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Published byElla Liliana Martin Modified over 7 years ago
TAFAD’s Agenda for FAC Reform
Formed in 2005 to promote reform of international food aid governance Most major European and North American food aid programming NGOs Combines field experience with current and new research on food assistance
Provision of a guaranteed minimum amount of food assistance important symbol of the international community Solidarity with hungry people has deep public support Global food assistance policy forum Reliable mechanism for burden sharing
To contribute to the eradication of hunger and malnutrition by improving the ability of the international community to respond to food emergencies and other food assistance needs in developing countries.
1. Scope of the Convention – what type of actions should be included? 2. Measurement of commitments – what is the nature of commitments and how should they be counted? 3. Effectiveness – better arrangements for monitoring treaty ‘outputs’
4. Nutrition - increased focus on malnutrition, especially certain groups 5. Governance – clearer relationship to other global food security and humanitarian arrangements
the predictable, timely and appropriate provision of food assistance resources for the purpose of increasing the quantity and the the nutritional quality of food consumed and the short term protection of livelihoods Immediate consumption and short term consumption? Need to close the gap between emergency and long term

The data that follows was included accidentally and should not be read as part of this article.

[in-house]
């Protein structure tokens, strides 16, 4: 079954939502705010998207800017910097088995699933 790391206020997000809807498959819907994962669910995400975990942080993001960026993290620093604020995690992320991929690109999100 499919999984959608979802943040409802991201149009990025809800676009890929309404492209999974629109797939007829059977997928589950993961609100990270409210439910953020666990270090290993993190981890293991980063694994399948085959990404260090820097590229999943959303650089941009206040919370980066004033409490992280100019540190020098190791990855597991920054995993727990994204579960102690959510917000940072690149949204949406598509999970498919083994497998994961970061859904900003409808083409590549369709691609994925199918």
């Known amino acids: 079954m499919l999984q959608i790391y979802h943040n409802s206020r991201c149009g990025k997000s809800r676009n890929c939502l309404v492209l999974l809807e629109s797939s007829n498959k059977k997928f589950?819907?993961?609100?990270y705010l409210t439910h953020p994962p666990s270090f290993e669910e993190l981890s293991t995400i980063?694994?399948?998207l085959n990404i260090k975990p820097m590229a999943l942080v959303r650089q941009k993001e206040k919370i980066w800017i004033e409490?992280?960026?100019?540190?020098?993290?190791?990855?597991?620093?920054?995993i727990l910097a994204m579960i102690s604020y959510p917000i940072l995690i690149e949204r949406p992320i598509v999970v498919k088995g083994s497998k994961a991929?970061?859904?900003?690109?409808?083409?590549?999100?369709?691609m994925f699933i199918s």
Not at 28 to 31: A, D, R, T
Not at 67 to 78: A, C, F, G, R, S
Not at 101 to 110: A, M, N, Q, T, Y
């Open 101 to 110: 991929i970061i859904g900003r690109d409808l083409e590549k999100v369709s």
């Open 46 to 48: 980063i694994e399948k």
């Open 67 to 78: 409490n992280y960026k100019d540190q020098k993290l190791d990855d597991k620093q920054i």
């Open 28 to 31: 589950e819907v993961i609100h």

Focus on the food-related direct transfer elements: seeds and livestock Cap the percentage of commitments to protect resources for food consumption
1. Encourage doing no harm (e.g. Local food producers, non- recipients, etc) 2. Be consistent with good donor practice 3. Make it easy to understand, easy to track 4. Treat comparable actions in comparable ways 5. Provide incentives for the effective use of FA and avoid perverse incentives
The most important element of the FAC has been its focus on helping people (amount of food) Important to retain this commitment for the FAC > 30 million person-years of food If some donors commit to a financial amount, make these commitments flexible and review annually
Provide incentives for good practice Timely provision of food assistance Provision of most appropriate foods, especially for certain vulnerable groups
Current treaty is mostly about accounting. No provision for reviewing activities against treaty provisions Existing treaty arrangements unsuited to task 1. Move the treaty to a relevant skill centre OR 2. Link the treaty to activities of relevant skill centres.
Recognition of the high cost of child malnutrition – low cost of effective intervention. More funding needed Importance of nutrition in both food emergencies and chronic hunger Nutritional indicators key to measuring FAC impact
Build nutrition into the FAC commitments – fortification and other food-borne nutritional enhancement Include nutritional principles in FAC text Use nutritional indicators to help assess food assistance activities.
2007-8 Food Price Crisis – no role for the FAC despite serious food assistance difficulties FAC needs a ‘family’ – connect to food security bodies (e.g. CFS, GAFSP), aid bodies (OECD-DAC) and humanitarian bodies (UN-SCN, OCHA)
Close the food assistance – food security, food assistance - nutrition gaps Look for practical steps to utilize the technical expertise of other forums to improve the effectiveness of the FAC – don’t need new institution.
Future context set to be less stable (climate change, price volatility) Multilateral action is essential to meet the challenge FAC could be both an essential tool and a powerful symbol
Watch tafad.org website – research, recommendations, field information
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